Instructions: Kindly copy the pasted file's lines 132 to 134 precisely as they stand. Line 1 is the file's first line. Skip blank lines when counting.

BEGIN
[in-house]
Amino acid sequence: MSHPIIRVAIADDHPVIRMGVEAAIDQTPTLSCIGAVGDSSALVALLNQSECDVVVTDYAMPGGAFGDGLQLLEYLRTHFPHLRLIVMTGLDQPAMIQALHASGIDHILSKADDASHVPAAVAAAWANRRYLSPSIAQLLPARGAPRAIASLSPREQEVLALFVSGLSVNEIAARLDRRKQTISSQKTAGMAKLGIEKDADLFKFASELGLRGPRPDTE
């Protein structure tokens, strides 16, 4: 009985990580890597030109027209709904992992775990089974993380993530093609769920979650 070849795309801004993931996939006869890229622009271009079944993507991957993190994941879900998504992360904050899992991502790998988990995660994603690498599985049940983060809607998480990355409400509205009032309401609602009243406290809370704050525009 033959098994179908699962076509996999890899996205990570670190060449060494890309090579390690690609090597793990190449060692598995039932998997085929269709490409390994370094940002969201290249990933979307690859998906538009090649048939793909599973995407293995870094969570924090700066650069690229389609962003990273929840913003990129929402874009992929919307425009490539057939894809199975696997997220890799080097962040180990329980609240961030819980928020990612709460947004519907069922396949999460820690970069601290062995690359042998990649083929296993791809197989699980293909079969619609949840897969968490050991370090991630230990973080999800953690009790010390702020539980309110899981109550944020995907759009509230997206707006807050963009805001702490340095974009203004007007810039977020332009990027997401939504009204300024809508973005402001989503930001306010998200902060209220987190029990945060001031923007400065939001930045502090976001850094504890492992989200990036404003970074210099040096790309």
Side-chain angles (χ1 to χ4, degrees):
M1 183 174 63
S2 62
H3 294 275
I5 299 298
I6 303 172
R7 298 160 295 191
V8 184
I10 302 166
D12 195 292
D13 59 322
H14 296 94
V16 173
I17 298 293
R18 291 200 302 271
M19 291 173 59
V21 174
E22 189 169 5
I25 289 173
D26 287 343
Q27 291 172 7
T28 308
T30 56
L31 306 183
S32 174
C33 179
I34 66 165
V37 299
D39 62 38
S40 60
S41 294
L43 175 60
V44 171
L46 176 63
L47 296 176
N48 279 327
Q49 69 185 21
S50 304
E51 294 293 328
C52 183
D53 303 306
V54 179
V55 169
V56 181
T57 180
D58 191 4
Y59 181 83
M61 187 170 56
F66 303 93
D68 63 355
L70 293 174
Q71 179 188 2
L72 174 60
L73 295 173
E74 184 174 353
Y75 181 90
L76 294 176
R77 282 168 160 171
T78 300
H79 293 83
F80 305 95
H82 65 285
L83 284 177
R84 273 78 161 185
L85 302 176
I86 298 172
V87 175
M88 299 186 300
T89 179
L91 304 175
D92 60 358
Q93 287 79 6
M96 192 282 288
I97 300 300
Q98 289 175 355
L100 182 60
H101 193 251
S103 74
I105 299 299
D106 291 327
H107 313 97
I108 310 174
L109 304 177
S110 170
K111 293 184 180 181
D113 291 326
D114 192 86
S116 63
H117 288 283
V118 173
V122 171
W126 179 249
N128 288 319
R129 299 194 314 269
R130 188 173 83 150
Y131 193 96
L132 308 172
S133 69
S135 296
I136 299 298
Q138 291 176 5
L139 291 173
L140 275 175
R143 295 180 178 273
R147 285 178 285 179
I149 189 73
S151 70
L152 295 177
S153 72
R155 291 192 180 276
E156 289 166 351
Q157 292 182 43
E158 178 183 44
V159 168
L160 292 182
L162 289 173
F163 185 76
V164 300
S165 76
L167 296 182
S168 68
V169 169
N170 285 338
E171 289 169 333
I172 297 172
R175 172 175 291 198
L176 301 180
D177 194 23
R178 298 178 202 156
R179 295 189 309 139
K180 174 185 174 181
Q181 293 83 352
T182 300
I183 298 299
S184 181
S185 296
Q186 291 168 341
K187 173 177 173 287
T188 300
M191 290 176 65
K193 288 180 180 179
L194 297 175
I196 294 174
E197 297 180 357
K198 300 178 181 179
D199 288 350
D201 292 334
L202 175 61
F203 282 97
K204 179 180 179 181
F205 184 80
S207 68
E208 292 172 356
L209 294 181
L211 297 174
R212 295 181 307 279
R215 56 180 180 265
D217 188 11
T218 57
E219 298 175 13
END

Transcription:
R178 298 178 202 156
R179 295 189 309 139
K180 174 185 174 181